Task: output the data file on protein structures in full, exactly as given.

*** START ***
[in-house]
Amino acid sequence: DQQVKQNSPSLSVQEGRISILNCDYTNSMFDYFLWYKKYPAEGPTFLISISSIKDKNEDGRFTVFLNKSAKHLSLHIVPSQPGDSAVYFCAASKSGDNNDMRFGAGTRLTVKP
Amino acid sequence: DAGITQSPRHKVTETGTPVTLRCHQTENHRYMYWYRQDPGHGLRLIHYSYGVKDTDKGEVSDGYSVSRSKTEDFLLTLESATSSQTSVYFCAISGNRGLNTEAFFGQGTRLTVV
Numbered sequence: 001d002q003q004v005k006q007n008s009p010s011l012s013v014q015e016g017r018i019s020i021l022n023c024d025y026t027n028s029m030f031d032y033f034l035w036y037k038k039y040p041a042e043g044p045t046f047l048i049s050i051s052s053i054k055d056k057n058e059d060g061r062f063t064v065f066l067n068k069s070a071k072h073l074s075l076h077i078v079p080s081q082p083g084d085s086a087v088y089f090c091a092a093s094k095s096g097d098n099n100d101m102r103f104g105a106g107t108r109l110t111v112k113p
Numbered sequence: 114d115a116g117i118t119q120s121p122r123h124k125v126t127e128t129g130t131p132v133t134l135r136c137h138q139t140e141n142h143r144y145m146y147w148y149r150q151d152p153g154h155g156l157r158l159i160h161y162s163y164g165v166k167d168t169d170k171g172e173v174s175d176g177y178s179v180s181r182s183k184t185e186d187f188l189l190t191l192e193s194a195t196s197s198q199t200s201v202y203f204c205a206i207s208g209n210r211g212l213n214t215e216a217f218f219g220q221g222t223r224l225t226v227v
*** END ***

[in-house]
Amino acid sequence: DQQVKQNSPSLSVQEGRISILNCDYTNSMFDYFLWYKKYPAEGPTFLISISSIKDKNEDGRFTVFLNKSAKHLSLHIVPSQPGDSAVYFCAASKSGDNNDMRFGAGTRLTVKP
Amino acid sequence: DAGITQSPRHKVTETGTPVTLRCHQTENHRYMYWYRQDPGHGLRLIHYSYGVKDTDKGEVSDGYSVSRSKTEDFLLTLESATSSQTSVYFCAISGNRGLNTEAFFGQGTRLTVV
Numbered sequence: 001d002q003q004v005k006q007n008s009p010s011l012s013v014q015e016g017r018i019s020i021l022n023c024d025y026t027n028s029m030f031d032y033f034l035w036y037k038k039y040p041a042e043g044p045t046f047l048i049s050i051s052s053i054k055d056k057n058e059d060g061r062f063t064v065f066l067n068k069s070a071k072h073l074s075l076h077i078v079p080s081q082p083g084d085s086a087v088y089f090c091a092a093s094k095s096g097d098n099n100d101m102r103f104g105a106g107t108r109l110t111v112k113p
Numbered sequence: 114d115a116g117i118t119q120s121p122r123h124k125v126t127e128t129g130t131p132v133t134l135r136c137h138q139t140e141n142h143r144y145m146y147w148y149r150q151d152p153g154h155g156l157r158l159i160h161y162s163y164g165v166k167d168t169d170k171g172e173v174s175d176g177y178s179v180s181r182s183k184t185e186d187f188l189l190t191l192e193s194a195t196s197s198q199t200s201v202y203f204c205a206i207s208g209n210r211g212l213n214t215e216a217f218f219g220q221g222t223r224l225t226v227v